Brooks stresses the uniqueness of the new Brooks Construction facility and that the new venture was funded entirely by private dollars, without grants or government funding. “This plant is the first of its kind in the United States, and the only one with proven capabilities to produce consistent quality at high rates of recycle usage, using up to and including 99+% recycled materials,” he said.

Many of the components at the Fort Wayne facility are proprietary – constructed via local manufacturers in the Fort Wayne area. "We have some components, like Gencor silos, Kolberg conveyors and ALmix baghouses, that come from our usual suppliers," says Brooks. "But we farmed out many of the components as a cost savings and the ability to easily change designs as necessary.

"There are a few additional cold feed bins for RAP, but otherwise it looks like any other," Brooks says. "We really wanted our design to be flexible so we could include other products in the future."

The facility does incorporate a thermal oxidizer on its incinerator to eliminate any blue smoke during the drying/heating process. Preliminary tests show that emissions of this facility are at or below current plant standards in Indiana and are far below the plant that it replaced. Projected plant energy consumption is either neutral or negative when taking into account the energy consumed from the quarry to the paver using more traditional hot mix methodologies.

The new plant is expected to produce asphalt at the same rates as traditional facilities.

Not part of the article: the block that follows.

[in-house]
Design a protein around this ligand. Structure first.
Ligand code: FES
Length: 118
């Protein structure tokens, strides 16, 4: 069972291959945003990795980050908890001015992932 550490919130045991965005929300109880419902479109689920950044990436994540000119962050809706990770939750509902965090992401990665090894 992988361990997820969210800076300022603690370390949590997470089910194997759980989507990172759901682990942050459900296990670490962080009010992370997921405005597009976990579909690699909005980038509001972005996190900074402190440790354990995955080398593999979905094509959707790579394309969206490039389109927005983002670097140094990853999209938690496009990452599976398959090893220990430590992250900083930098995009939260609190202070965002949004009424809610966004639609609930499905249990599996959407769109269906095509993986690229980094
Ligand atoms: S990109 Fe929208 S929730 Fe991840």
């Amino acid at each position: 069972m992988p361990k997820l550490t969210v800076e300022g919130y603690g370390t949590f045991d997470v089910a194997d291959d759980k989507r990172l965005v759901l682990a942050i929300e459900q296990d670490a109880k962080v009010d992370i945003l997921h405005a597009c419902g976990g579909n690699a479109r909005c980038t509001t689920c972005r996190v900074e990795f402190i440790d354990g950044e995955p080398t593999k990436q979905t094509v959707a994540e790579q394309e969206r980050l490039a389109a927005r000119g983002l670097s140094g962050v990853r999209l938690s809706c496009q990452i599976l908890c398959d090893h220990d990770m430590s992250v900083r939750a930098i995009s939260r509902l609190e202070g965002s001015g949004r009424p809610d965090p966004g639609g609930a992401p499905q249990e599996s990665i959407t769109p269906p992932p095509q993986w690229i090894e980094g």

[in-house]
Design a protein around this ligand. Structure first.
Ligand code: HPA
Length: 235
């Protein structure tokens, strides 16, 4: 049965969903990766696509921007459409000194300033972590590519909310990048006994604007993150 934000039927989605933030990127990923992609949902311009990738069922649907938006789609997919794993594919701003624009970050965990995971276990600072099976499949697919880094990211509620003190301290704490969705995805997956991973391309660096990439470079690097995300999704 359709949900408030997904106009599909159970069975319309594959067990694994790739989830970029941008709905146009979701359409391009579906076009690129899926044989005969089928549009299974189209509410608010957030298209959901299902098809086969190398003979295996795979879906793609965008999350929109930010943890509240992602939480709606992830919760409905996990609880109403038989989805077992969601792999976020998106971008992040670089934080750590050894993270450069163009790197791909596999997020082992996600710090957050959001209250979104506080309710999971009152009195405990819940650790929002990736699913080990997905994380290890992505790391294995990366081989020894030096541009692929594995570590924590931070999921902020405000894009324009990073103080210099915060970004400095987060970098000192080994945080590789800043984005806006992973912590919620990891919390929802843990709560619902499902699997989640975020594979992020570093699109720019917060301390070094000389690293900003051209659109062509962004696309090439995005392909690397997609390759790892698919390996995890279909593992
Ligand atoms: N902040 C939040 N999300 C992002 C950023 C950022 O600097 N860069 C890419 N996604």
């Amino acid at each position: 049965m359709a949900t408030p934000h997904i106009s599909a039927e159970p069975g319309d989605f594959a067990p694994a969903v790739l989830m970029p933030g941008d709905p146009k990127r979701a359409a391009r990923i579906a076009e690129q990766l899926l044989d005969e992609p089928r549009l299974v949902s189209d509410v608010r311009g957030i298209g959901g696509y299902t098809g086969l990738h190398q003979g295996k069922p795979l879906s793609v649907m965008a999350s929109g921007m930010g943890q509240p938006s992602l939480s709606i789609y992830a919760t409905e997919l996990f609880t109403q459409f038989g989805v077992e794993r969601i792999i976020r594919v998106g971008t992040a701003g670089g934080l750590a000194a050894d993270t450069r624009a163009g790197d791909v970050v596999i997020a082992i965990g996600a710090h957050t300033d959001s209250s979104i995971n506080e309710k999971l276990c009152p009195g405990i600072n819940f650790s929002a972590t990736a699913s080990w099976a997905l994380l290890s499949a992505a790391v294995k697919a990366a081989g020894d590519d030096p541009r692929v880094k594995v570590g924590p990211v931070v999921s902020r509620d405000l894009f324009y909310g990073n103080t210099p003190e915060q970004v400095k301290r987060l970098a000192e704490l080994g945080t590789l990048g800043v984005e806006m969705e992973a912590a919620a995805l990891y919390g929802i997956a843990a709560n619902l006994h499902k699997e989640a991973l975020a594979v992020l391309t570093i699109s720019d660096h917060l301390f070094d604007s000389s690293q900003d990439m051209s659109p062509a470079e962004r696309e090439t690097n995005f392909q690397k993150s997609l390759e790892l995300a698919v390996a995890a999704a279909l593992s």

Eye on new technology

Recycling isn't new to Brooks Construction.

“We were the first and only local company to take advantage of landfill waste gases to help drive our Fort Wayne asphalt plant," Brooks says.

Brooks Construction endeavors to use as much recycled concrete as possible for aggregate base on paving projects, allowing the company to pass cost savings to customers and reduce landfill usage. The company has integrated steel slag into asphalt. The steel-mill by-product, combined with traditional RAP and a bit of virgin binder, produces a very high quality and great looking surface.

Processed shingles, rubber and glass have reduced consumption of virgin natural resources. Warm and cold asphalt mixes are also used, significantly reducing energy consumption and plant emissions.

"There's always a demand for pavement," says Brooks. "Mother Nature makes it necessary to maintain our roads, and when the funding levels aren't there, like the situation we have today, then you have to develop new technologies to get there.

"It's tougher to develop new technologies and overcome these challenges in down times, but it's the new technologies that will help you grow and thrive," he continues. "You can't just close your eyes to the advantages of new technologies."

Brooks says they think HyRAP can be produced with warm mix processes, but the company is not yet ready to try the combination.

"We're going to continue investigating every niche and not stay complacent," he says. "We're going to keep doing what we've always done, which means as we see things to improve our business and customer relations, we'll do it."


HyRAP Projects

While HyRAP may not be highway-ready, it has been used on several projects. Here are two examples:

  • Bishop Dwenger Catholic High School parking lot. This school needed a new parking lot, so Brooks Construction offered the new HyRAP product. The project used about 800 tons of the product with no particular challenges, says John Brooks. The mix laid well, and there was a combination of hand work and machine work to finish. "There was a learning curve with the crew as far as when to roll," he says. "With this product you can roll faster than traditional mixes."
  • Street project in Fort Wayne. This industrial street had a lot of semi-truck traffic and needed a durable mix. "The rejuvenator and RAP in the HyRAP product acts like a modified asphalt and not a standard mix," says John Brooks. "The mix is very stable and offers very little movement. It also allows you to get traffic on the pavement faster, which was necessary with this project."